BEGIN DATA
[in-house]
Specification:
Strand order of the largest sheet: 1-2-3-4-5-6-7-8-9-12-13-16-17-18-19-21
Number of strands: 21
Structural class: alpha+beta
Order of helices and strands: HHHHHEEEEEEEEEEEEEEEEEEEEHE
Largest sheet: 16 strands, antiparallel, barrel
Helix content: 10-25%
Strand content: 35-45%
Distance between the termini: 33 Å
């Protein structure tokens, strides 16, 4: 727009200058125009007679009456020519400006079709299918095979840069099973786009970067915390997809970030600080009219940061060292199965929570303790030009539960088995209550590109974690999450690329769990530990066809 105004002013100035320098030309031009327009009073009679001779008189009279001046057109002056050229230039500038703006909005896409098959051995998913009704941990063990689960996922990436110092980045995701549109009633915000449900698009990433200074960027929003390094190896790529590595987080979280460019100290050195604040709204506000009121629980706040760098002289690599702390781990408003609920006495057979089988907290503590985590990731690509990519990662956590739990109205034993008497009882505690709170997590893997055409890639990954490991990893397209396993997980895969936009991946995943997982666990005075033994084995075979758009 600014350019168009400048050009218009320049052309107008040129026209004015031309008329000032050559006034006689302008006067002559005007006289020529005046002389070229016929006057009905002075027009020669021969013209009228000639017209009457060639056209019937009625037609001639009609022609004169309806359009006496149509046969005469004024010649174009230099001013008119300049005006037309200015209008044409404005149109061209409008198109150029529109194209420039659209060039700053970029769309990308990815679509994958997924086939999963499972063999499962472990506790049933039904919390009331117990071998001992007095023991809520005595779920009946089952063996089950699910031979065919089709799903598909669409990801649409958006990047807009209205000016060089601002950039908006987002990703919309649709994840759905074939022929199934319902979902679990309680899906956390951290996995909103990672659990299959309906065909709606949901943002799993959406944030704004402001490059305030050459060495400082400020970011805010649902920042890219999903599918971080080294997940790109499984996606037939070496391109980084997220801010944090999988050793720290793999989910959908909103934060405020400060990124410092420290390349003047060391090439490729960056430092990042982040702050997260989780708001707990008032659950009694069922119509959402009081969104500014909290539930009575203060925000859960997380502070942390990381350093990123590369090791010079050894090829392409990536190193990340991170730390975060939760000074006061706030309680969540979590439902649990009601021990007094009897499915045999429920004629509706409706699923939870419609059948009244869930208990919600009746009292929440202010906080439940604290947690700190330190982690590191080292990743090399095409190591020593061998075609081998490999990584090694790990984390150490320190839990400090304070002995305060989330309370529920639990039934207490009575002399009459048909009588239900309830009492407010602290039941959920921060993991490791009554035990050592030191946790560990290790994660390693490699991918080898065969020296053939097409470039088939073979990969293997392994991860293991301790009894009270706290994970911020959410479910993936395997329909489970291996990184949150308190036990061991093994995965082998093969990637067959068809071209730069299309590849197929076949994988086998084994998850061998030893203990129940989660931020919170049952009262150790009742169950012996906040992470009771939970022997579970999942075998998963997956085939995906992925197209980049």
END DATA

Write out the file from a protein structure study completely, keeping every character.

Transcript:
[in-house]
Specification:
Strand order of the largest sheet: 1-2-3-4-5-6-7-8-9-12-13-16-17-18-19-21
Number of strands: 21
Structural class: alpha+beta
Order of helices and strands: HHHHHEEEEEEEEEEEEEEEEEEEEHE
Largest sheet: 16 strands, antiparallel, barrel
Helix content: 10-25%
Strand content: 35-45%
Distance between the termini: 33 Å
């Protein structure tokens, strides 16, 4: 727009200058125009007679009456020519400006079709299918095979840069099973786009970067915390997809970030600080009219940061060292199965929570303790030009539960088995209550590109974690999450690329769990530990066809 105004002013100035320098030309031009327009009073009679001779008189009279001046057109002056050229230039500038703006909005896409098959051995998913009704941990063990689960996922990436110092980045995701549109009633915000449900698009990433200074960027929003390094190896790529590595987080979280460019100290050195604040709204506000009121629980706040760098002289690599702390781990408003609920006495057979089988907290503590985590990731690509990519990662956590739990109205034993008497009882505690709170997590893997055409890639990954490991990893397209396993997980895969936009991946995943997982666990005075033994084995075979758009 600014350019168009400048050009218009320049052309107008040129026209004015031309008329000032050559006034006689302008006067002559005007006289020529005046002389070229016929006057009905002075027009020669021969013209009228000639017209009457060639056209019937009625037609001639009609022609004169309806359009006496149509046969005469004024010649174009230099001013008119300049005006037309200015209008044409404005149109061209409008198109150029529109194209420039659209060039700053970029769309990308990815679509994958997924086939999963499972063999499962472990506790049933039904919390009331117990071998001992007095023991809520005595779920009946089952063996089950699910031979065919089709799903598909669409990801649409958006990047807009209205000016060089601002950039908006987002990703919309649709994840759905074939022929199934319902979902679990309680899906956390951290996995909103990672659990299959309906065909709606949901943002799993959406944030704004402001490059305030050459060495400082400020970011805010649902920042890219999903599918971080080294997940790109499984996606037939070496391109980084997220801010944090999988050793720290793999989910959908909103934060405020400060990124410092420290390349003047060391090439490729960056430092990042982040702050997260989780708001707990008032659950009694069922119509959402009081969104500014909290539930009575203060925000859960997380502070942390990381350093990123590369090791010079050894090829392409990536190193990340991170730390975060939760000074006061706030309680969540979590439902649990009601021990007094009897499915045999429920004629509706409706699923939870419609059948009244869930208990919600009746009292929440202010906080439940604290947690700190330190982690590191080292990743090399095409190591020593061998075609081998490999990584090694790990984390150490320190839990400090304070002995305060989330309370529920639990039934207490009575002399009459048909009588239900309830009492407010602290039941959920921060993991490791009554035990050592030191946790560990290790994660390693490699991918080898065969020296053939097409470039088939073979990969293997392994991860293991301790009894009270706290994970911020959410479910993936395997329909489970291996990184949150308190036990061991093994995965082998093969990637067959068809071209730069299309590849197929076949994988086998084994998850061998030893203990129940989660931020919170049952009262150790009742169950012996906040992470009771939970022997579970999942075998998963997956085939995906992925197209980049």